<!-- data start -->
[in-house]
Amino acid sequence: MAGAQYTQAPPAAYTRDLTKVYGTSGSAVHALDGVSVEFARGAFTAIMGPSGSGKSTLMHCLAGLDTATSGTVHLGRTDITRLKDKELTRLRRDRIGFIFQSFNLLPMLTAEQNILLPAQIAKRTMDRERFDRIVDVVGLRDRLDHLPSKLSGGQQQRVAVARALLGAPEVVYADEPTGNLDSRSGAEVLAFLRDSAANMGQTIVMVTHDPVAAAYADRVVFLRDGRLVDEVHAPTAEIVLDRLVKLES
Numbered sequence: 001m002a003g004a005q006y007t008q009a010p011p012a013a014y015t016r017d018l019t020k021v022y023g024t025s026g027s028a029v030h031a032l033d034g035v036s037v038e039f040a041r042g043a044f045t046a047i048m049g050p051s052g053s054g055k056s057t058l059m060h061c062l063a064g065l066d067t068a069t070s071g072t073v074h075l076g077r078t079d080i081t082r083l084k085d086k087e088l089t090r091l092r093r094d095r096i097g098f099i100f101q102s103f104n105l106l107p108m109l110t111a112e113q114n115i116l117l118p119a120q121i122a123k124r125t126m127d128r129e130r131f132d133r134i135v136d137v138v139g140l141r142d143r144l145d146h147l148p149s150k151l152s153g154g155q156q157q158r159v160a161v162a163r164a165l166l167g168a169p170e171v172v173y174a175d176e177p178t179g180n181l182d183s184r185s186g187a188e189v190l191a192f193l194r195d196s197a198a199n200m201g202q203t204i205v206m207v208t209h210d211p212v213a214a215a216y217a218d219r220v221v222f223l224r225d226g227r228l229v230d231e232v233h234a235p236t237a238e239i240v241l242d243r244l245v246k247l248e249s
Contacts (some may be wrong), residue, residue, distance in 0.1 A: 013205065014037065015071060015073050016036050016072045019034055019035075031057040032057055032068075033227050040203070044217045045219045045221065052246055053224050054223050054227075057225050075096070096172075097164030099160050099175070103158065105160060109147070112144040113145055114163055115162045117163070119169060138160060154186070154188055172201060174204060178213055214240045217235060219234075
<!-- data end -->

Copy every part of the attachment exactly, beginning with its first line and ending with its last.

[in-house]
Amino acid sequence: MAGAQYTQAPPAAYTRDLTKVYGTSGSAVHALDGVSVEFARGAFTAIMGPSGSGKSTLMHCLAGLDTATSGTVHLGRTDITRLKDKELTRLRRDRIGFIFQSFNLLPMLTAEQNILLPAQIAKRTMDRERFDRIVDVVGLRDRLDHLPSKLSGGQQQRVAVARALLGAPEVVYADEPTGNLDSRSGAEVLAFLRDSAANMGQTIVMVTHDPVAAAYADRVVFLRDGRLVDEVHAPTAEIVLDRLVKLES
Numbered sequence: 001m002a003g004a005q006y007t008q009a010p011p012a013a014y015t016r017d018l019t020k021v022y023g024t025s026g027s028a029v030h031a032l033d034g035v036s037v038e039f040a041r042g043a044f045t046a047i048m049g050p051s052g053s054g055k056s057t058l059m060h061c062l063a064g065l066d067t068a069t070s071g072t073v074h075l076g077r078t079d080i081t082r083l084k085d086k087e088l089t090r091l092r093r094d095r096i097g098f099i100f101q102s103f104n105l106l107p108m109l110t111a112e113q114n115i116l117l118p119a120q121i122a123k124r125t126m127d128r129e130r131f132d133r134i135v136d137v138v139g140l141r142d143r144l145d146h147l148p149s150k151l152s153g154g155q156q157q158r159v160a161v162a163r164a165l166l167g168a169p170e171v172v173y174a175d176e177p178t179g180n181l182d183s184r185s186g187a188e189v190l191a192f193l194r195d196s197a198a199n200m201g202q203t204i205v206m207v208t209h210d211p212v213a214a215a216y217a218d219r220v221v222f223l224r225d226g227r228l229v230d231e232v233h234a235p236t237a238e239i240v241l242d243r244l245v246k247l248e249s
Contacts (some may be wrong), residue, residue, distance in 0.1 A: 013205065014037065015071060015073050016036050016072045019034055019035075031057040032057055032068075033227050040203070044217045045219045045221065052246055053224050054223050054227075057225050075096070096172075097164030099160050099175070103158065105160060109147070112144040113145055114163055115162045117163070119169060138160060154186070154188055172201060174204060178213055214240045217235060219234075